Tuesday, October 26, 2010

NYC's DOH Bugging Out

We have been commenting on the fact that the NYC DOH has seemed to have lost its proper train of thought-going off on a tangent from its core public health mission into regulatory excess and behavior modification experiments. Now comes more proof-and from the Washington Post, no less.

According to WaPo, NYC is losing millions of tourist dollars because of the bed bug epidemic: "New York City's bedbugs have climbed out of bed and marched into landmarks like the Empire State Building, Bloomingdale's and Lincoln Center, causing fresh anxiety among tourists who are canceling Big Apple vacations planned for the height of the holiday season. Some travelers who had arranged trips to New York say they are creeped out about staying in hotels and visiting attractions as new reports of bedbugs seem to pop up every few days. And officials in Mayor Michael Bloomberg's administration are concerned about the effect on the city's image and $30 billion tourism industry."

But hey, banning the use of food stamps for the purchase of soda is more important, right? Or, perhaps, the Scarlet Letter regulation regime for the city's restaurants is more pressing an issue-after all, we've had all of those outbreaks of ptomaine poisoning that we've had to respond to, haven't we?

But back to the core mission, and the agency's abdication: "But those reports, along with bedbug discoveries in movie theaters, hotels and clothing chain stores, are causing skittish travelers to call off trips planned months ago. Industry professionals - who have privately told city officials that they are nervous about bedbugs hurting New York's reputation - say publicly that they are not aware of any bedbug-related cancellations. But several would-be tourists tracked down by The Associated Press say they are aborting their trips here because they fear the bloodsucking pests. "It sounds like you can get them anywhere, any time of day and not know it until you get home," said Patty Majerik, from Baltimore."

Has the mayor or the commissioner had one press conference on this? Well, perhaps, but somehow we don't sense the same kind of urgency that the mayor expresses towards, let's say, smoking in bars-or the parks for that matter. Meanwhile, the disgust of tourists grows  apace: "Suzanne Baldwin said she is forfeiting money spent on reservations for a November trip to New York City from her home in Florida. She had already grown accustomed to checking hotel rooms for bedbugs - and has done so in New York before - but she is now overwhelmed at the idea that the bugs have spread beyond hotels. "We thought long and hard about this trip," she told the AP in an e-mail. "However, we decided, knowing we would lose quite a bit of money from nonrefundable tickets, it was not worth the worry."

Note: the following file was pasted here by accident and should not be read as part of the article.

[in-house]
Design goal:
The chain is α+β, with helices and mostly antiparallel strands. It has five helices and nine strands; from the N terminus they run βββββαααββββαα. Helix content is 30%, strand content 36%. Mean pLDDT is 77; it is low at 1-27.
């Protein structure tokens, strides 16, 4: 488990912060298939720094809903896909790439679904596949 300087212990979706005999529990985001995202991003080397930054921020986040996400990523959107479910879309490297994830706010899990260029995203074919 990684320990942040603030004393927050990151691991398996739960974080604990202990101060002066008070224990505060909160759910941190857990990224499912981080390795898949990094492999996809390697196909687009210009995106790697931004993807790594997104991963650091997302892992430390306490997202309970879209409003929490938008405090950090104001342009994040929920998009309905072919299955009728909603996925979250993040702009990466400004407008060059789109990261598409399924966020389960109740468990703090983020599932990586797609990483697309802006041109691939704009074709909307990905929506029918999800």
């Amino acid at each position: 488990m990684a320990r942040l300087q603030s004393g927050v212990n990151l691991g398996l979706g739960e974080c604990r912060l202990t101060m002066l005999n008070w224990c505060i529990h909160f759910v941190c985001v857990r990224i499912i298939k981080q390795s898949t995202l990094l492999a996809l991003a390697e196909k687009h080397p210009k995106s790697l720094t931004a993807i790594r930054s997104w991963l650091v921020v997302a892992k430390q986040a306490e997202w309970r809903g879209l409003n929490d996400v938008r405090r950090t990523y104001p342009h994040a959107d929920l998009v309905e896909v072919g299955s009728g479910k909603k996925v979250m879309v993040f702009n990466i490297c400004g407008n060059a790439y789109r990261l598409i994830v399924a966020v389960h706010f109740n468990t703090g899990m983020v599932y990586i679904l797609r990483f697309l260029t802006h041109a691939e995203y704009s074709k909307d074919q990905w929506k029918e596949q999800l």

But it's good to know that the mayor hasn't lost his sense of humor-or, perhaps has discovered it at this late date: "Bedbugs are famously difficult to eradicate; they hide in many more places than beds and can go a year without feeding. Bloomberg recently joked on David Letterman's "Late Show" that bedbugs "are probably tougher" than New York City's notoriously hardy rats." Quite a knee slapper, no?

But maybe we need a Dr. Stockman to emerge to challenge the mayor's jocularity-humor that is meant to deflect from the fact that the city's spa is being polluted. You do get the feeling that the deflection and lack of public attention is designed to forestall the following: "The city's tourism agency, NYC & Company, said it has not seen mass cancellations because of bedbug fears. But officials said some New York hotels, museums and other attractions that depend on tourists have told the administration they are concerned the bedbug rumors will scare travelers away. Tourism officials are keeping an eye on the situation and are trying to decide how to address the public relations side of it."

Crain's weighs in as well on this: "City officials and experts say it is difficult to fully measure the extent of the problem, partly because of bedbug stigma and the lack of solid data about confirmed infestations. For the first time, the city health department included a question about bedbugs on its annual community health survey. In 2009, it found, more than 6% of New Yorkers—one in 15 adults—said they had battled the pests in the past year. Until the AP reported those results earlier this year, data had been limited to government statistics on bedbug complaints and private pest control company surveys."

Looks as if the ball has definitely been dropped-and someone should also check movie attendance to see if our family's refusal to go because of the bed bug infestation is simply an anomaly-the failures here could be having far reaching and undocumented consequences. A full scale investigation and a public announcement of the proposed remedies needs to be done ASAP.

This is a serious public health issue, but the public health professionals have been sidetracked by more enticing endeavors involving altering the way we eat and live. For our money-and it is our money-the entire DOH bureaucracy can be dismantled down to a core of true public health specialists who are equipped to deal with rodent and insect infestations in the city.